December 3, 2014

food glorious food


So sorry to veer off the topic but I just read one of the greatest forewords to a book and had to share it with you. I've been doing a lot of reading lately, on pretty much every topic under the sun. My books from the library are probably all overdue but I don't care. Splayed on the coffee table right now are:  
Bauhaus by Magdalena Droste, An Affair to Remember, The Remarkable Love Story of Katherine Hepburn & Spencer Tracy by Christopher Anderson, Nora Ephron's I feel bad about my neck and other thoughts on being a woman, Josef Albers' Interaction of Color, and Ex Libris, Confessions of a Common Reader by Anne Fadiman, who is so ridiculously smart and funny I can barely get through the book.

The foreword I read this morning, however, did not come from any of these. The massive Great Italian Cookbook published in 1986, given to me by my mother-in-law several years ago, literally fell off the top of the refrigerator over a week ago and has been sitting on the kitchen table ever since waiting for me to either open it or set it back up on the fridge. Since I decided on pasta for dinner tonight I figured I'd open it up for some inspiration. Lots of inspiration of course, the book weighs about 6 pounds. But the foreword, fervently written by Giovanni Nuvoletti Perdomini, the president of the Italian Academy of Cookery, really caught my attention. What other cookbook foreword quotes Descartes, Horace and Dante, or compares "a voluptuous layer of polenta" to a sculpture by Antonio Canova? My favorite quote:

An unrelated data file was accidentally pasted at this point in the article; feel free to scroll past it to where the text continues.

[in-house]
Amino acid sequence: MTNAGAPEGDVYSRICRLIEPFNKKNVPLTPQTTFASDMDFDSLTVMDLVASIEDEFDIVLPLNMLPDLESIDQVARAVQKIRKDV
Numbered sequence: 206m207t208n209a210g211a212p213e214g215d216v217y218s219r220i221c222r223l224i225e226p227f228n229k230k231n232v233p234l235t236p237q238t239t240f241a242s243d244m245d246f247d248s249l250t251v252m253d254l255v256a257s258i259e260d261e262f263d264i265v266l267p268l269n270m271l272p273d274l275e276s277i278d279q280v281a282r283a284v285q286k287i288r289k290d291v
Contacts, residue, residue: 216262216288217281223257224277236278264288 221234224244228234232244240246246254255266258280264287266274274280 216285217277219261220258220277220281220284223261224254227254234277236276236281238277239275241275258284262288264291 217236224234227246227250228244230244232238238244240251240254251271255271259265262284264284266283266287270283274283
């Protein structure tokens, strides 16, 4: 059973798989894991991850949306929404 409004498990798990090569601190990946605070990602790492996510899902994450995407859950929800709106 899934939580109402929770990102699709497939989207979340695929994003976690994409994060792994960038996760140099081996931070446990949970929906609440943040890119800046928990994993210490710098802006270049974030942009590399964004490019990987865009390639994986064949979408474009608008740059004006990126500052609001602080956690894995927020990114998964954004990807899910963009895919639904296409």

Our belief is that God, having punished the sinner with hunger, then rewarded human endeavor with appetite. At the divine invention of water to quench thirst, man's ingenuity responded in turn with the invention of wine... As a reward for this inspired invention, God - in admiration - bestowed on man alone among all creatures on Earth the gift to enjoy drinking without being thirsty... man found a way to transform hunger into a chosen pleasure, elevating it to appetite. On this foundation civilization built up the science of gastronomy.
              
creepy photo by James Ostrer
I love this guy! He not only insults an entire century of anxious pill-poppers who are "terrorized by faddish diets, hounded by food technology's fiendish new weapon, deep-frozen convenience meals", he boldly pledges his allegiance to the institution of the family, to cuisine as a rich and evolving creative expression, and to Italy's national culture, exclaiming, "we will associate with neither posturing gourmets nor blase nostalgia mongerers." Was 1986 really an atmosphere of 'devastating haste and vulgarity'? My Sicilian head is shaking yeah, maybe.


1986 might be a little dated but here in the 21st century I just this instant came across a holiday advertisement, "8 Words for Eating" which included gorge, gobble and scarf. I am certain this persistent pitch for callous gluttony would put Giovanni over the edge. After all, "this art is major; it nourishes the mortals." Note the word ART.

In the spirit of holiday feasting I thought it fitting to bring this all up now.

I'm wishing all of you a holiday season filled with "large family meals, where laughter and spirited conversation are felicitously married with a noble and unashamed pleasure in good food"!


2 comments:

Che Pizaro said...

Okay, I was already hungry, but now I'm simultaneously being very hungry and telling myself not to rush, to take the time needed to make something layered and delicious!

Samantha Palmeri said...

So glad you found this post useful!!